Thursday, 2 June 2011

Gorsey Bank

This was set to automatic posting, but either I did something wrong, or Blogger malfunctioned, because it didn't post. Hence, it is rather late. Sorry.

My personal challenge for this round of Miss Jenny Matlock's alphabe-Thursday is to post about a location within the borders of my own county of Derbyshire, UK, for each letter of the alphabet.

Look for the letter, to see where I am.

G is for Gorsey Bank.


Gorsey Bank is a delightful little corner of Wirksworth, tucked away up the hillside above the secondary school, Health Centre and Leisure Centre.

In spite of the fact that hardly anyone passes through here (because there is no where to pass through to), the gardens and houses are beautifully kept; as though on show to the world.

Providence Mill, built around 1833, is one of the creators of the symbol of bureaucracy; red tape. In this factory, and five others like it, was made the red tape used to bind official documents. This particular mill was run by John Bowmer and Sons and from 1890, was powered by a gas engine with gas supplied from the local gasworks in Warmbrook.  During the first world war, the tape had another purpose. It was used to bind the fuses of bombs. Narrow tape is still made in the area. In 1970, Bowmer & Sons merged with an Ashbourne firm and the process was moved to a site on the River Dove.

(Providence Mill from the rear)

Prospect House is well named. It sits high on the bank side with a superb view over the town.

The area is criss-crossed with little jitties; beautifully clean, winding across the hillside, between the houses and round the gardens.

At the foot of the Bank is the Roman Catholic Church of Our Lady and St Teresa of Lisieux. St Teresa was born in Alencon, France in 1873, one of nine children. She entered the convent of Lisieux and pronounced her holy vows on September 8, 1890. The rest of her short life was spent in service and she died of tuberculosis on September 30, 1897, aged just 24 years. Her feast is celebrated on October 1st.

Near the church, is the Gorsey Bank war memorial on which is inscribed the names of ten local men; five who died in WWI and five more in WWII.

Dropping down a little further, the road crosses a railway line at Gorsey Bank Crossing. This is the Ecclesbourne Valley Line; a once closed railway which has been restored and reopened by a group of enthusiasts. It now exists as a Preservation Society, staffed by volunteers and running passenger services the 9 miles down the Ecclesbourne Valley between Ravenstor (just north of Wirksworth) and Duffield (just north of Derby). Trains run in spring and summer, on weekends and Wednesdays. They attract visitors to the town of Wirksworth and the surrounding area.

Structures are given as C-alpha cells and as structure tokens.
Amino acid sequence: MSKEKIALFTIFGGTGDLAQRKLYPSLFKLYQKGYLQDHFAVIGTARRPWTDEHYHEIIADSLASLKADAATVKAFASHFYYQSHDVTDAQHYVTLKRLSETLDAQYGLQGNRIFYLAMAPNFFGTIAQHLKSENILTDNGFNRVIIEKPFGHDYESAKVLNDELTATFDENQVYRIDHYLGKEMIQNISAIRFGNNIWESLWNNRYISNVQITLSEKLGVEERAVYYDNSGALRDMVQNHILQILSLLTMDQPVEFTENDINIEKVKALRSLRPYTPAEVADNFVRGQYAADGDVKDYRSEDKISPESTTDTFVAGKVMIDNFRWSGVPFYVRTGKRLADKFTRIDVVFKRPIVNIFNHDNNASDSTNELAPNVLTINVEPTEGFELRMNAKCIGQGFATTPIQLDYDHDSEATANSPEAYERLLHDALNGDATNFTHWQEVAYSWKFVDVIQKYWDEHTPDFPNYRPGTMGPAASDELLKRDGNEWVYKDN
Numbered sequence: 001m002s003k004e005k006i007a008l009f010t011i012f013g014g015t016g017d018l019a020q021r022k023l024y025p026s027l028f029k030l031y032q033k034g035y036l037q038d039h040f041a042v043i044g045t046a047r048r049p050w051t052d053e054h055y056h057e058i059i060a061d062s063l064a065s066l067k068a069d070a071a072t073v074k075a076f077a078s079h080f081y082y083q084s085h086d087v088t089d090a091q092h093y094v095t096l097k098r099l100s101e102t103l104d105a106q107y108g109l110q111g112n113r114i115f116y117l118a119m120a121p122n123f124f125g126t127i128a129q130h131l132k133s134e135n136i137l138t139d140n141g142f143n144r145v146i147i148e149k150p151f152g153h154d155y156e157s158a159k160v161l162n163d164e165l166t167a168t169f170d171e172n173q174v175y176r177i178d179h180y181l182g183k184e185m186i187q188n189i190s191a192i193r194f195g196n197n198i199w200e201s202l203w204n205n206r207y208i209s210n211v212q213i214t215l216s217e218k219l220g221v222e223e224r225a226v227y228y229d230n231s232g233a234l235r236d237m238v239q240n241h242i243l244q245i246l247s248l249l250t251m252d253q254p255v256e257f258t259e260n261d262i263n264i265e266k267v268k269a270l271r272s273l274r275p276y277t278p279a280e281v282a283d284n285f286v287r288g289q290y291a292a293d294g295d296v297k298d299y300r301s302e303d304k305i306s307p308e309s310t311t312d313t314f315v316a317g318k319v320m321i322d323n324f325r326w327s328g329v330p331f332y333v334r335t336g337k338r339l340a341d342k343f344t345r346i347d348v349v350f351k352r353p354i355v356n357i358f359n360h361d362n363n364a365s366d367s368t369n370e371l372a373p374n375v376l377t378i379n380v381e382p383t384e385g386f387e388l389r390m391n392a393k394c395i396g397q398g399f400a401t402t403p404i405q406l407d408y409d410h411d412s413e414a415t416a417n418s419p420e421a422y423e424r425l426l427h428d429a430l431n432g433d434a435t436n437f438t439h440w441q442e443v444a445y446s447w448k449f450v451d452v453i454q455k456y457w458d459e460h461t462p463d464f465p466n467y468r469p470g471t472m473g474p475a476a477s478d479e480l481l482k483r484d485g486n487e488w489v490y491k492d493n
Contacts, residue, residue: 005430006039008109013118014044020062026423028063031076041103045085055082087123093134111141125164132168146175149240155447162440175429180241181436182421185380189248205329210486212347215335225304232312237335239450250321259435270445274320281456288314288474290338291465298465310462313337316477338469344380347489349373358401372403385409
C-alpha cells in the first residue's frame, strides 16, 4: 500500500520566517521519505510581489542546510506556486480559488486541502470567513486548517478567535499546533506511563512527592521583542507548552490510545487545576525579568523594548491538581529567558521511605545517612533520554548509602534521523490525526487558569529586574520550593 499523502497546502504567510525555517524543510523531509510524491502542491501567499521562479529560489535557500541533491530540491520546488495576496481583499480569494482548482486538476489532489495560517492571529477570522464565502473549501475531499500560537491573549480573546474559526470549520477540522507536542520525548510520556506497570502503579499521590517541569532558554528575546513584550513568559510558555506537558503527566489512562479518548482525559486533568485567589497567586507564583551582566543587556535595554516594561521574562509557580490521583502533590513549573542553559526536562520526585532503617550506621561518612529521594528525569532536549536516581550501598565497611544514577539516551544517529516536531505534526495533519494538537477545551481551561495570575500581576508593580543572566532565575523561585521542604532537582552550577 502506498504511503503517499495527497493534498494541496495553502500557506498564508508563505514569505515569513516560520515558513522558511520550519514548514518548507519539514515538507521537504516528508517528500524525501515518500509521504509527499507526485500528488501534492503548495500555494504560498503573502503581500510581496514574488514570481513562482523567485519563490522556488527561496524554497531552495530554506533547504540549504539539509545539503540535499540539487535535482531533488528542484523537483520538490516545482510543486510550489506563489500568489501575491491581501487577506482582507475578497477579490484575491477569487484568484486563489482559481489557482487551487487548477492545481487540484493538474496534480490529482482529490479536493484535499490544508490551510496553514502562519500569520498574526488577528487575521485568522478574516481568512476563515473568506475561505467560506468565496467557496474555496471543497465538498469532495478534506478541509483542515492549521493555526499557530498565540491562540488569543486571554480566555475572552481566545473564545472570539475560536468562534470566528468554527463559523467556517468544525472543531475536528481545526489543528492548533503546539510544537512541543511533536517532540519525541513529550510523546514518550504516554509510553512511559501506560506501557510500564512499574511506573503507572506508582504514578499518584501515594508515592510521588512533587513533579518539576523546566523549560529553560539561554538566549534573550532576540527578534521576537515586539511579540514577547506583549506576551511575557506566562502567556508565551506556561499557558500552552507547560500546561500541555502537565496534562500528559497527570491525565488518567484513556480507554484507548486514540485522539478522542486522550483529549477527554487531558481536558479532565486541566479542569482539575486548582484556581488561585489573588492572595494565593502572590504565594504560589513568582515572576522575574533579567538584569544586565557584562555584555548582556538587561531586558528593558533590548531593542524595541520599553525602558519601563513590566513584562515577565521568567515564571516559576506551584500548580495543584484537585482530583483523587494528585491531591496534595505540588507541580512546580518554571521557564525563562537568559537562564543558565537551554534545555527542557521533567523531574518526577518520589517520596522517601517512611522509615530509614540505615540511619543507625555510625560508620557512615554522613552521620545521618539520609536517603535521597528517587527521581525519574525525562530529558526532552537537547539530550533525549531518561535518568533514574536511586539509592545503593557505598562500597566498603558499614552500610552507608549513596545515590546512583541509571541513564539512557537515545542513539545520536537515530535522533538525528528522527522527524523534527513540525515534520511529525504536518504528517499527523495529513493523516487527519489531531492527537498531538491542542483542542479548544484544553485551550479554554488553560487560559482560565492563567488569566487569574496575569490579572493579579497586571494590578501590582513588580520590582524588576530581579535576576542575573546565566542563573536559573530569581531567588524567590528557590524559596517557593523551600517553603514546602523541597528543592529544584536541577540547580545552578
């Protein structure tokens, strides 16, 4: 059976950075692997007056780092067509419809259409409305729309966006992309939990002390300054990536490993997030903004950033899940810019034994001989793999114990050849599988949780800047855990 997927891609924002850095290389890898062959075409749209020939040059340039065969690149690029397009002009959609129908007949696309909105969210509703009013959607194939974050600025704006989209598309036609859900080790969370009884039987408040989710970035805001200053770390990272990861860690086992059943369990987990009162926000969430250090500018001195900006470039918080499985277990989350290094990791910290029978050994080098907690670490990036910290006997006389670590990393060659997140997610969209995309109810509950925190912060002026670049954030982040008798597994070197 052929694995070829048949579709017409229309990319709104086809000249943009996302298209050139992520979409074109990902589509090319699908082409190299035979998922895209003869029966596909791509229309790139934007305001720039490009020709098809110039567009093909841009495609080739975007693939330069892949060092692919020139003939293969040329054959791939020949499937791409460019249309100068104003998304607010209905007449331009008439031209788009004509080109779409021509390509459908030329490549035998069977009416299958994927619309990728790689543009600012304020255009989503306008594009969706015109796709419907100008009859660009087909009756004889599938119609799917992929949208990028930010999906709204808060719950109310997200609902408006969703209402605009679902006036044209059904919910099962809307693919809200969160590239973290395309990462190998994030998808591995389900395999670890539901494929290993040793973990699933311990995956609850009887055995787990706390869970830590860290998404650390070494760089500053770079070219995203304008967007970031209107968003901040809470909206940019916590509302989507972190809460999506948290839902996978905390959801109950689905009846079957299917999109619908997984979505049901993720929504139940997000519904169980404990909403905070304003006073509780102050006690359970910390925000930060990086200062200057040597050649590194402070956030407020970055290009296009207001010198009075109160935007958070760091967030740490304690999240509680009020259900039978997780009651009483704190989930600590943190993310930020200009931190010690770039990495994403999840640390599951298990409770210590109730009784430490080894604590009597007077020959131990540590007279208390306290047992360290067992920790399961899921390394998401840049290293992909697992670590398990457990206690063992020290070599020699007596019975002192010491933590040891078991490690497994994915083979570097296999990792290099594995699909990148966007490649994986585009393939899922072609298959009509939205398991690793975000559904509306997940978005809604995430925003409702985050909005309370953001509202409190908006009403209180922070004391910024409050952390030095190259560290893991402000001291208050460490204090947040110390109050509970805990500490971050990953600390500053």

The Gorsey Bank Crossing is the first level crossing on the line when travelling south. It is about half a mile below Wirksworth station. The new gates were hung in November 2007. The north gate apparently hung and swung perfectly, while the south gate proved a bit of a pain in the proverbial!

(As a reward to the north gate, I chose it for inclusion.)

Gorsey Bank was a real surprise. I hadn't been here before, but found it absolutely delightful; even on a damp, grey Wednesday!


  1. I really like Wirksworth but didn't know this area of the town, it looks really interesting. I recently read something about the railway between Wirkswirth and Duffield now being open. This looks like another place on my 'to visit' list:)

  2. We are only up to "G" and I am already wondering what you will come up with for X and Z!! This is a wonderful post, and your photos are excellent!!

  3. What a pretty place! I love the stone, the winding lanes, the gardens. Great visit!

  4. Love the houses and the place ! It must be nice to walk around there.

  5. It IS delightful! I love all the stonework and the jitties! (jitties--that's new to me)

  6. I love all the stonework and walls! This is a area I would find absolutely enchanting. I dream one day of living in a little stone house in the middle of nothing!

    What a grand link!

    Thanks for letting us continue this journey without lugging our luggage far, far away!

    You are a gem!


  7. A quick comment I have been to Gorsey many times, although have lived all my life in Kent, my mother (who died when i was born) came from Gorsey Bank, a house called Greenwood at the top of Gorsey Bank.
    Thanks For the presentation ( I have got to go back!)

  8. My ancestors were from Gorsey Bank I enjoyed this very much